Regular readers will know this blog has had some strong disagreements with Roger Helmer in months gone by. Credit where it’s due, Helmer finally abandoned his indefensible membership of the europhile Conservatives and defected to UKIP – a party that reflects his eurosceptic viewpoint.
As this blog did on Saturday, Helmer has taken issue with the weekend editorial piece by the Telegraph’s Head of Business, Damian Reece, and has responded with an open letter on the Better Off Out site, a campaign group whose objectives this blog wholeheartedly supports.
While the sentiment of Helmer’s response is spot on, parts of the response leave eurosceptics open to accusations of woolly thinking, such as in this following paragraph (emphasis is mine):
Those of us who believe that we should be “Better Off Out” would argue for full independence, plus a free trade agreement. Such an agreement can certainly be achieved, because it is overwhelmingly in the interests of both parties, and of Brussels more than the UK (since we are a net importer from the EU). It is also required in the Treaties for the EU to negotiate such an agreement with a departing member-state. Even in the unthinkable case that we left the EU with no such agreement, the duties we should pay on our exports to the EU would be a mere fraction of our current net EU budget contributions.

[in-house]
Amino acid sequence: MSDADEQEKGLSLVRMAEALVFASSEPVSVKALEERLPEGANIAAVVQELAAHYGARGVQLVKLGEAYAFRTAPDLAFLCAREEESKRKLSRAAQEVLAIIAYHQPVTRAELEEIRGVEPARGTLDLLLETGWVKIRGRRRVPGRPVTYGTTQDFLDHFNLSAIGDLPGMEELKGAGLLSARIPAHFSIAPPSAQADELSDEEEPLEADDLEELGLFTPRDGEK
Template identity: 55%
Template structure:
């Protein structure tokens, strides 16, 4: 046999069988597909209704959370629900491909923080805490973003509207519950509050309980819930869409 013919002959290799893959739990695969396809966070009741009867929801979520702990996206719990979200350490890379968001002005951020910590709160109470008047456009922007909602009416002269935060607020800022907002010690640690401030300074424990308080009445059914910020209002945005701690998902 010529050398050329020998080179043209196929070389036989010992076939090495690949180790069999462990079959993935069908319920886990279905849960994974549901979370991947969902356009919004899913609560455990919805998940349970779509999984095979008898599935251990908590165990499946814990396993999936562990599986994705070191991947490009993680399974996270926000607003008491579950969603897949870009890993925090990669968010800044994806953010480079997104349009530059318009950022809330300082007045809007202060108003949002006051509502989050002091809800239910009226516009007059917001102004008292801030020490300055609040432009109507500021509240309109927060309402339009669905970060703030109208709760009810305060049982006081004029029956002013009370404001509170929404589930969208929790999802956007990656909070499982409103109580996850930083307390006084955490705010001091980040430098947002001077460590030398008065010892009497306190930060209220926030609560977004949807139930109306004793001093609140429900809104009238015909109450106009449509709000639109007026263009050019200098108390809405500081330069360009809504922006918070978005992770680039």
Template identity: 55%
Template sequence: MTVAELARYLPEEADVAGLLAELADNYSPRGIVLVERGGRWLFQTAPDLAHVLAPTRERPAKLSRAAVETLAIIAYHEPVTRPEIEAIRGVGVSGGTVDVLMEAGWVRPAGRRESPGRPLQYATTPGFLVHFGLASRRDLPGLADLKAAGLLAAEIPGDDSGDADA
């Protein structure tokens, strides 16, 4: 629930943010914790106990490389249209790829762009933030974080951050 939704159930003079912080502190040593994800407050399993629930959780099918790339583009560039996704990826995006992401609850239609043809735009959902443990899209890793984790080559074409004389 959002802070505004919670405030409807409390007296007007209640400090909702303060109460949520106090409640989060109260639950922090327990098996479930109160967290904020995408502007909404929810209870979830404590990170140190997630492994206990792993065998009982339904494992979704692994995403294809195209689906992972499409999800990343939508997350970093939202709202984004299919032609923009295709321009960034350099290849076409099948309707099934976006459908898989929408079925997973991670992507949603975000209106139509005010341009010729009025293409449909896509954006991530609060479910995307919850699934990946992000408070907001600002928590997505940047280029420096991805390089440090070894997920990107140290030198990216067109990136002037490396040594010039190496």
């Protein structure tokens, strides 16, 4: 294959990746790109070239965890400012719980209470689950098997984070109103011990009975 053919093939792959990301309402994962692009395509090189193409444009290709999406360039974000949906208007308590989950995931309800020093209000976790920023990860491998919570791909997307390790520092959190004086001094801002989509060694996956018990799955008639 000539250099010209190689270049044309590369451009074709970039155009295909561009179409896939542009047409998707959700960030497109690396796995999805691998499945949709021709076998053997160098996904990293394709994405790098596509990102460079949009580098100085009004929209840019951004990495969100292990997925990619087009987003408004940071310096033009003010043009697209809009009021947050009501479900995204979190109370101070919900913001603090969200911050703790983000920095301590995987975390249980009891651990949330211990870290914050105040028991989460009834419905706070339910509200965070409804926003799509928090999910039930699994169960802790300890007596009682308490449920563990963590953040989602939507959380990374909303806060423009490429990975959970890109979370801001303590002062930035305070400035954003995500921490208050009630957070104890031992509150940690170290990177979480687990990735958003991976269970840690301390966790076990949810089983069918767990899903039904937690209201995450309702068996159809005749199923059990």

This is ludicrously simplistic and fails to recognise major issues Helmer should be well aware of. For example, if we left the EU without agreements covering a wide range of matters the UK could find itself in breach of international conventions such as the Convention on the Conservation of Antarctic Marine Living Resources (CCAMLR), which Richard recently outlined on his blog to illustrate the attention to detail needed when exiting the EU.
Unilateral withdrawal from the EU without an agreement is indeed unthinkable – which is why it is unbelievable that Helmer has needlessly opened up a line of attack against eurosceptics with his detour on to discussion of duties and budget contributions. There are literally thousands of different conventions, agreements, protocols and other arrangements like CCAMLR which could be affected by our withdrawal from the EU and damage the UK economy by making it more difficult for this country to export. Comparing export duties with budget contributions is utterly irrelevant, particularly if this country finds itself unable to export to the EU because of the absence of an agreement.
Sadly this is another frustrating heads-in-hands moment caused by a lack of determined focus and a need to ramble. The withdrawalist argument and pledge to the nation needs be clear and unambiguous and leave the europhiles with no opportunity to scaremonger that withdrawal will damage the UK’s interests. The manner of withhdrawal needs to be certain and sure-footed, the arguments for it completely positive, and commitment to securing agreement to safeguard the UK’s economic and commercial interests absolute.
There is more than a hint of the Farage UKIP party line in Helmer’s letter, which is only to be expected given Helmer is a party political animal. But Helmer should know better. This is another positive argument for a strong and leaderless, organic, grassroots movement that is free of the baggage of a political party and direction set by an autocratic leader.